United States farm laborers brought claims against a farmer and his agricultural business for breach of contract, civil conspiracy, and violations of the Migrant and Seasonal Agricultural Worker Protection Act (AWPA). The defendant entered into an agreement with an agricultural labor contractor to hire seasonal workers on his behalf under the H-2A work-visa program. Because many domestic workers expressed interest in the job, the contractor was obligated to prioritize them in the hiring process under the H-2A program requirements. The contractor hired the plaintiffs at the rate specified in the work contract submitted during the H-2A application process. This rate was higher than both the state and federal minimum wage. The defendant then fulfilled his seasonal labor needs through a different contractor paying minimum wage to the laborers and did not provide any work to the plaintiffs.
The district court granted summary judgment in favor of the agricultural business on all claims finding that the defendant did not have control over the contractor and was therefore not liable for the actions of an independent contractor. The Tenth Circuit reasoned that because this was a contract claim rather than a tort claim, control was not the crucial element, but whether an agency relationship existed between the defendant and the contractor. Because there was a genuine issue of material fact whether contractor had actual or apparent authority to enter into contracts with the plaintiffs on the defendants behalf, the court reversed the grant of summary judgment.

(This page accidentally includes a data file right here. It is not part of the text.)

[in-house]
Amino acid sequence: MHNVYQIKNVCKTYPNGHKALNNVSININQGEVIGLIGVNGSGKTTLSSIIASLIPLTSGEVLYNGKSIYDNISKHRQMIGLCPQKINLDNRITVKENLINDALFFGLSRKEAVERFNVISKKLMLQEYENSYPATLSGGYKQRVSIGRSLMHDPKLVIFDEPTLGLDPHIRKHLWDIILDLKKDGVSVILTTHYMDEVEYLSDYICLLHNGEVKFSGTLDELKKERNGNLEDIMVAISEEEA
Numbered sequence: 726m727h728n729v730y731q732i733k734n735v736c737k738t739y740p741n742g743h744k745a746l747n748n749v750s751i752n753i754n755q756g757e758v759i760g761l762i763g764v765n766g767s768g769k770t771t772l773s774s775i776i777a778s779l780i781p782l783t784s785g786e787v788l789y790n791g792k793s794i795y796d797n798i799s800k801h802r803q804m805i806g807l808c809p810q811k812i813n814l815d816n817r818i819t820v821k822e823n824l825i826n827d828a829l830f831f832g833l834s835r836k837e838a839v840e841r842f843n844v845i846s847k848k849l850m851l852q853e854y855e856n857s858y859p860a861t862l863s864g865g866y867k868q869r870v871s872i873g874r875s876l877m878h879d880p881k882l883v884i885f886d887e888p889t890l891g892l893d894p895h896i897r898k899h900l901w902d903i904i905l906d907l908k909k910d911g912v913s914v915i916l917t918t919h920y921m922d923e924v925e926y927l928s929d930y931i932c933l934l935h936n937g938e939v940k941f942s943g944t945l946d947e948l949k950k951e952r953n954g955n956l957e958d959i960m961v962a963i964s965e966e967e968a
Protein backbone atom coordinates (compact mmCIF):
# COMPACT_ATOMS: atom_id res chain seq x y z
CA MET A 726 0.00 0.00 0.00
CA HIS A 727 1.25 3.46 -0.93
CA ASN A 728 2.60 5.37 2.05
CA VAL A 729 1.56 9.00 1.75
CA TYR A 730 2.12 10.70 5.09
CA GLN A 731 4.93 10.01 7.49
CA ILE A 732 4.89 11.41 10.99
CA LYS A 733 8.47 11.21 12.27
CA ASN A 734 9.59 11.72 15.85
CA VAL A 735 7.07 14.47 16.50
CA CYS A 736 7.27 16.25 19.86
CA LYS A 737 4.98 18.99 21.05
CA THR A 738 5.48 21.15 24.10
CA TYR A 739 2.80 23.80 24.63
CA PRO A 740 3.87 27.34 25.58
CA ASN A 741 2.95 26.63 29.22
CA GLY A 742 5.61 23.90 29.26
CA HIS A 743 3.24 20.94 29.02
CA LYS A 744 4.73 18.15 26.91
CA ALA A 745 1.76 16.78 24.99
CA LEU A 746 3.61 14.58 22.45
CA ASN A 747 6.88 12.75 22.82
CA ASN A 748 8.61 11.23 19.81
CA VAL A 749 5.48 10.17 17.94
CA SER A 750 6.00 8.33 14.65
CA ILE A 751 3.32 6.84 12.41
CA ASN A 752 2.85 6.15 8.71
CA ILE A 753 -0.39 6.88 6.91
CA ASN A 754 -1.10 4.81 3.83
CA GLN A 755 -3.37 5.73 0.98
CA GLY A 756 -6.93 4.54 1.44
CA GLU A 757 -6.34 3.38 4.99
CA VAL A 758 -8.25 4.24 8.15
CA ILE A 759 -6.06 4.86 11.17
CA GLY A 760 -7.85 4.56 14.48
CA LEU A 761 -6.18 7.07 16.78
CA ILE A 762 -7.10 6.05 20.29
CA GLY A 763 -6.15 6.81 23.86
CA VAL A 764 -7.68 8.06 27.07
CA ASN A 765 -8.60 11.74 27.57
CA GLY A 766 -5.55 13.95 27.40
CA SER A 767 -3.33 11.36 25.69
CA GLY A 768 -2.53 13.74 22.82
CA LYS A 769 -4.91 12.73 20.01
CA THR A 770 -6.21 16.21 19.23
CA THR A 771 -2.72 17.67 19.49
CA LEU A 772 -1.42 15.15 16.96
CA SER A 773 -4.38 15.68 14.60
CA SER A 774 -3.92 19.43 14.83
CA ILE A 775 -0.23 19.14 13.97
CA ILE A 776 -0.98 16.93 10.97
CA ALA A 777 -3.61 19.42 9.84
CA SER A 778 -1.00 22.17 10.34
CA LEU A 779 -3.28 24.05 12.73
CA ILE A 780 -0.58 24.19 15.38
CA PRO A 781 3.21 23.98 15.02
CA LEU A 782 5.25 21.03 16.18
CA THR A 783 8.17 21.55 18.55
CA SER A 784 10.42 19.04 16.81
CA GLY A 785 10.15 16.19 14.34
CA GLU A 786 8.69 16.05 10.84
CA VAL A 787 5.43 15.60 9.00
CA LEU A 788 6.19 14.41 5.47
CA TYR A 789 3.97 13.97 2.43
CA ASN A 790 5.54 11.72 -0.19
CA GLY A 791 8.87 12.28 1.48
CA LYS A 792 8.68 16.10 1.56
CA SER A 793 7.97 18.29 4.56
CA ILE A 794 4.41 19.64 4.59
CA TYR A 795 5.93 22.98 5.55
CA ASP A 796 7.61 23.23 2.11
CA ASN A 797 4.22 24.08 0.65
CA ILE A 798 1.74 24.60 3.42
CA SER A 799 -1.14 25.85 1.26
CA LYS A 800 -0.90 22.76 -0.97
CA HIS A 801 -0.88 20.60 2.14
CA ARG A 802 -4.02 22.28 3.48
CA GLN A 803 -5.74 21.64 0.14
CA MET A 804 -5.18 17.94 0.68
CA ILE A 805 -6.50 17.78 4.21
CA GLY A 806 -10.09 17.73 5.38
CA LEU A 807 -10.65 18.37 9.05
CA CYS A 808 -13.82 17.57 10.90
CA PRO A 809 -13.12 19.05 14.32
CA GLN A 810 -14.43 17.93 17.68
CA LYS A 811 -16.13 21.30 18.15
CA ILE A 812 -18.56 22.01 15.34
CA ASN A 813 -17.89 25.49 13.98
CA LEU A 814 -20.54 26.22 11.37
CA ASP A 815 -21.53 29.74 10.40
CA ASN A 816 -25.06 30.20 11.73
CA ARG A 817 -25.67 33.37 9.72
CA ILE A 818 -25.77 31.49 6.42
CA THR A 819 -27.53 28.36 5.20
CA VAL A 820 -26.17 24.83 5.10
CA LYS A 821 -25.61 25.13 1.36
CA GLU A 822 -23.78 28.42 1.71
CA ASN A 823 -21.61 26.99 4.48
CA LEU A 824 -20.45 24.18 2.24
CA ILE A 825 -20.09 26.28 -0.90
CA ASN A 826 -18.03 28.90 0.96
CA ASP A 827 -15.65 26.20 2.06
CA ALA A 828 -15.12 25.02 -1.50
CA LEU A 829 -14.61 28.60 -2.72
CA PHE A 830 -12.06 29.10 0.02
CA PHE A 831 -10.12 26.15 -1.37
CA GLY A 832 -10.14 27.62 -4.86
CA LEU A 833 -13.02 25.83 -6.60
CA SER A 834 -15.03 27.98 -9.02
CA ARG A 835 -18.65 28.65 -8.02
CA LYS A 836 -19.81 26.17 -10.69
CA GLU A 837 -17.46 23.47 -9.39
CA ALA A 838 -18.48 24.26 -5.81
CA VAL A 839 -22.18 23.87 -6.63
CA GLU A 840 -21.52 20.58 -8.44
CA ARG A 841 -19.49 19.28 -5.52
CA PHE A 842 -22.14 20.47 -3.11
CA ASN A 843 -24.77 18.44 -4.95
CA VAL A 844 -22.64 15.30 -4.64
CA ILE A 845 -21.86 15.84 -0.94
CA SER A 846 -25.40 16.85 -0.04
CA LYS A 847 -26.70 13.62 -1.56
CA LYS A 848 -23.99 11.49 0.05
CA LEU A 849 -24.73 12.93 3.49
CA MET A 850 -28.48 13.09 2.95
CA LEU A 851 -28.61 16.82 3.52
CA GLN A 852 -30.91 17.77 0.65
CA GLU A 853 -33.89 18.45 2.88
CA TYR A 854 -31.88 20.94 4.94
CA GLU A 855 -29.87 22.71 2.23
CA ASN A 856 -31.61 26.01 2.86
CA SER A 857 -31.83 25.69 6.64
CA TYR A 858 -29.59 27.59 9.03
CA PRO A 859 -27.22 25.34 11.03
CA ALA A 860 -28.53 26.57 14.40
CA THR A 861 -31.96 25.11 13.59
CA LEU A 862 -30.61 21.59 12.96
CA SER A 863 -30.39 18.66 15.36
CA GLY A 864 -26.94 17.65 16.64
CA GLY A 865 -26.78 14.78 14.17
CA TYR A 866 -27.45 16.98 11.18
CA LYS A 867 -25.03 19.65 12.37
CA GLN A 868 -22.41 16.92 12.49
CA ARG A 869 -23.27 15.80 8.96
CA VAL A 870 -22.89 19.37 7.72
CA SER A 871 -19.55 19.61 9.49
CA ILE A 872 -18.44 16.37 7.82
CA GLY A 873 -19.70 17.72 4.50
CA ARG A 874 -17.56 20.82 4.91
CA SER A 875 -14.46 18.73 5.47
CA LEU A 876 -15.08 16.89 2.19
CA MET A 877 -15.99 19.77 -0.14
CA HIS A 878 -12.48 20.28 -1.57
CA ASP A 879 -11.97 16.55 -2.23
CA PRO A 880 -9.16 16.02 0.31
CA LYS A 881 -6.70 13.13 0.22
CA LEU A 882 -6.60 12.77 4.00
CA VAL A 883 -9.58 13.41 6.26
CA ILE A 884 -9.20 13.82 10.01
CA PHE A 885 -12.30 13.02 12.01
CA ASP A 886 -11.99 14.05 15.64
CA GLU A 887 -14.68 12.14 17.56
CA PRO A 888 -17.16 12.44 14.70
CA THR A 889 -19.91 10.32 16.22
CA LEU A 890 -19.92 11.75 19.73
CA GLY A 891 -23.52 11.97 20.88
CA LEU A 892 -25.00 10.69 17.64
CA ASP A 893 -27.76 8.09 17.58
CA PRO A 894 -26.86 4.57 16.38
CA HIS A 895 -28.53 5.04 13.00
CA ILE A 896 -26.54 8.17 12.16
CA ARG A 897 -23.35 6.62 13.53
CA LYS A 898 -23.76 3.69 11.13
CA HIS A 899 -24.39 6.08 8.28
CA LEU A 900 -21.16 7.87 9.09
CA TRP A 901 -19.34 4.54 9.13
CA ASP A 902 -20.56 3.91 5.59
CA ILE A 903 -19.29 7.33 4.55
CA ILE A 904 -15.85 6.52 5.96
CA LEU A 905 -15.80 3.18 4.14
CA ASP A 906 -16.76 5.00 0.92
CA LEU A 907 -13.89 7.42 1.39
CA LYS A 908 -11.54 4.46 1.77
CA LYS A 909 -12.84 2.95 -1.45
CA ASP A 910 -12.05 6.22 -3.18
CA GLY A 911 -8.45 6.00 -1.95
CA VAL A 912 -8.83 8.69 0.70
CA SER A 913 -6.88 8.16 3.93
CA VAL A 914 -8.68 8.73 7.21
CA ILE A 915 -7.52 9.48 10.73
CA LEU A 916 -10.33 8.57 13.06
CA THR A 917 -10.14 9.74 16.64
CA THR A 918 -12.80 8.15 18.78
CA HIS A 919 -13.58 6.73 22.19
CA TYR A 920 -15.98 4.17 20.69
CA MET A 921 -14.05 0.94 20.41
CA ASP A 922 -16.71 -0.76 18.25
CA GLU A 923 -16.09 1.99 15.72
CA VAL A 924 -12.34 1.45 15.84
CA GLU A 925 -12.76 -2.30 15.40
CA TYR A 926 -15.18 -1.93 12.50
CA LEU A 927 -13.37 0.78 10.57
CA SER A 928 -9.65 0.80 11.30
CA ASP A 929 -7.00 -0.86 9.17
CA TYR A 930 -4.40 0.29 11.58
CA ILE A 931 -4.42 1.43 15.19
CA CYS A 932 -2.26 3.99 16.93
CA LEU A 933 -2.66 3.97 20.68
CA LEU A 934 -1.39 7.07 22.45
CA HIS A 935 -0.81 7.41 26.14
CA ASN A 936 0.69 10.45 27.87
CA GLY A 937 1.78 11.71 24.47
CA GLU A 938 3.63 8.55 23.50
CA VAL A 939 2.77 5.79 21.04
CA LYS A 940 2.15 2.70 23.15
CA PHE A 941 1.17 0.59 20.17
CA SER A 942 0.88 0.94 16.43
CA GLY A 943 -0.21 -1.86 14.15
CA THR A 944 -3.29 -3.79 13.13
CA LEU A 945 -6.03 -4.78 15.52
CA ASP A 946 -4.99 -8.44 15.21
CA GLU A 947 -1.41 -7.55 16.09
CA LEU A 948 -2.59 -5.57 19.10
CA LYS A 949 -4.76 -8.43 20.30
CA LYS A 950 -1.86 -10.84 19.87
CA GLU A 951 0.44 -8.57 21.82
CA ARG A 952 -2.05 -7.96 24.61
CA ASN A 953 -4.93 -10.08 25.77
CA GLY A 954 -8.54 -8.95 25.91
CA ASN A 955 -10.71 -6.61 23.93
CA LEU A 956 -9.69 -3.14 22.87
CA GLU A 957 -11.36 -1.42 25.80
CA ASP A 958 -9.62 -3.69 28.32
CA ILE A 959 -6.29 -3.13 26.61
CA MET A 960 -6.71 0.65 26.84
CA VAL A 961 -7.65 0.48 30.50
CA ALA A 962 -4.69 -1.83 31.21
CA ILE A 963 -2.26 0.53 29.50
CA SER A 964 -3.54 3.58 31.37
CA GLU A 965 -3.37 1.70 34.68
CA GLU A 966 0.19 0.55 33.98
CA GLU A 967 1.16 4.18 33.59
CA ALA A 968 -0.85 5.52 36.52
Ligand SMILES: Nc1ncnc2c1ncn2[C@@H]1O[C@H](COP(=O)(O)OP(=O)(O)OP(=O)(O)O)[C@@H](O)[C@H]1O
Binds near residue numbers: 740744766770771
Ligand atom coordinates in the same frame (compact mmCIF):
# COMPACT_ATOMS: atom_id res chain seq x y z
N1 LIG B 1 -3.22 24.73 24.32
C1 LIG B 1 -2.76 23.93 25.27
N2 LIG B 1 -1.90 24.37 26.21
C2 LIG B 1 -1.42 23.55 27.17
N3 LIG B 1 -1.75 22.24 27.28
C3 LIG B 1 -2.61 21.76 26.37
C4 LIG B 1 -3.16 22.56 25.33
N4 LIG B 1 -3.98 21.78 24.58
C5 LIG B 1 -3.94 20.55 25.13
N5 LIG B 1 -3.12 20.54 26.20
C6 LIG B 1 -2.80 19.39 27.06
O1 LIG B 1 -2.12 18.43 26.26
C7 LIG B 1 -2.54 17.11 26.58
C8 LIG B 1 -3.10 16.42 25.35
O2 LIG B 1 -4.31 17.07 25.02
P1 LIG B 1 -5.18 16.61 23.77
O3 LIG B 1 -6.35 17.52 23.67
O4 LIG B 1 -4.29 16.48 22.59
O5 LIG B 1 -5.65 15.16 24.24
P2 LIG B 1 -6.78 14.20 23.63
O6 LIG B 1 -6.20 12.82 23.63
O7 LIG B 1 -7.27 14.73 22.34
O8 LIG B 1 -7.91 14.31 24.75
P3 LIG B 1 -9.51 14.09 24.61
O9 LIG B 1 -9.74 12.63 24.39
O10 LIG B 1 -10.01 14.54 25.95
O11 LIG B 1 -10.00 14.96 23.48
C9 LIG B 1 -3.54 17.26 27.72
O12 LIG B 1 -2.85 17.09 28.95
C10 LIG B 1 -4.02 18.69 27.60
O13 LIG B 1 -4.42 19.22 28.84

The AWPA prohibits an agricultural employer from violating the terms of the working arrangement with a migrant agricultural worker. The plaintiffs claimed the defendant violated this regulation as both an agricultural employer and joint employer with the contractor when he failed to provide the plaintiffs with work as specified in the work contract. The defendant agreed he was an agricultural employer, but argued he did not enter into a contract with the plaintiffs or jointly employ them with the contractor. The court found that the defendant was not a joint employer with the contractor because he did not actually employ the plaintiffs at any time. However, the court found that whether an agency relationship existed with contractor was the “threshold issue” in determining if the agricultural business could be accountable. Therefore, the court reversed the grant of summary judgment on the breach of contract and AWPA claims. The court affirmed the grant of summary judgment on the conspiracy claim because there was no evidence of an agreement between the defendant and the contractor.
Alfaro-Huitron v. Cervantes Agribusiness, 2020 WL 7295709 (10th Cir. 2020).